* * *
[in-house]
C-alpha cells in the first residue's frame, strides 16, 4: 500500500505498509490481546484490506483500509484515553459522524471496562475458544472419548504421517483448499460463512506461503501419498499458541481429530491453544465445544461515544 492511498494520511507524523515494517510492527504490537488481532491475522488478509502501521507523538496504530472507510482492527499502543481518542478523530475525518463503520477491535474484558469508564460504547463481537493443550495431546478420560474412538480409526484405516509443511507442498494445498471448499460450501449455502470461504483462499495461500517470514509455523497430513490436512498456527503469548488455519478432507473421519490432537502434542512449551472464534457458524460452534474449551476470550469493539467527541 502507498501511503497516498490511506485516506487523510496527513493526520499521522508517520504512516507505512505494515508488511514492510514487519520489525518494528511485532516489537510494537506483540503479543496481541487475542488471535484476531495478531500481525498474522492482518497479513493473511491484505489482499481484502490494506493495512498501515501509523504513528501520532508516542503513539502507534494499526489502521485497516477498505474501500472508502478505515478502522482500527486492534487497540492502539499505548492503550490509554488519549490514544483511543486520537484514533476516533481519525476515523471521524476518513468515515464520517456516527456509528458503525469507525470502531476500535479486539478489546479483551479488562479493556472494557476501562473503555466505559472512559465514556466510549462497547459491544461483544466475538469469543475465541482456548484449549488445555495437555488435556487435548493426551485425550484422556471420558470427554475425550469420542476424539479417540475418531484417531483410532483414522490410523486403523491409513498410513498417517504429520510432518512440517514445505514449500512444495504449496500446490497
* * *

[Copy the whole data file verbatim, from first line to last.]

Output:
[in-house]
C-alpha cells in the first residue's frame, strides 16, 4: 500500500505498509490481546484490506483500509484515553459522524471496562475458544472419548504421517483448499460463512506461503501419498499458541481429530491453544465445544461515544 492511498494520511507524523515494517510492527504490537488481532491475522488478509502501521507523538496504530472507510482492527499502543481518542478523530475525518463503520477491535474484558469508564460504547463481537493443550495431546478420560474412538480409526484405516509443511507442498494445498471448499460450501449455502470461504483462499495461500517470514509455523497430513490436512498456527503469548488455519478432507473421519490432537502434542512449551472464534457458524460452534474449551476470550469493539467527541 502507498501511503497516498490511506485516506487523510496527513493526520499521522508517520504512516507505512505494515508488511514492510514487519520489525518494528511485532516489537510494537506483540503479543496481541487475542488471535484476531495478531500481525498474522492482518497479513493473511491484505489482499481484502490494506493495512498501515501509523504513528501520532508516542503513539502507534494499526489502521485497516477498505474501500472508502478505515478502522482500527486492534487497540492502539499505548492503550490509554488519549490514544483511543486520537484514533476516533481519525476515523471521524476518513468515515464520517456516527456509528458503525469507525470502531476500535479486539478489546479483551479488562479493556472494557476501562473503555466505559472512559465514556466510549462497547459491544461483544466475538469469543475465541482456548484449549488445555495437555488435556487435548493426551485425550484422556471420558470427554475425550469420542476424539479417540475418531484417531483410532483414522490410523486403523491409513498410513498417517504429520510432518512440517514445505514449500512444495504449496500446490497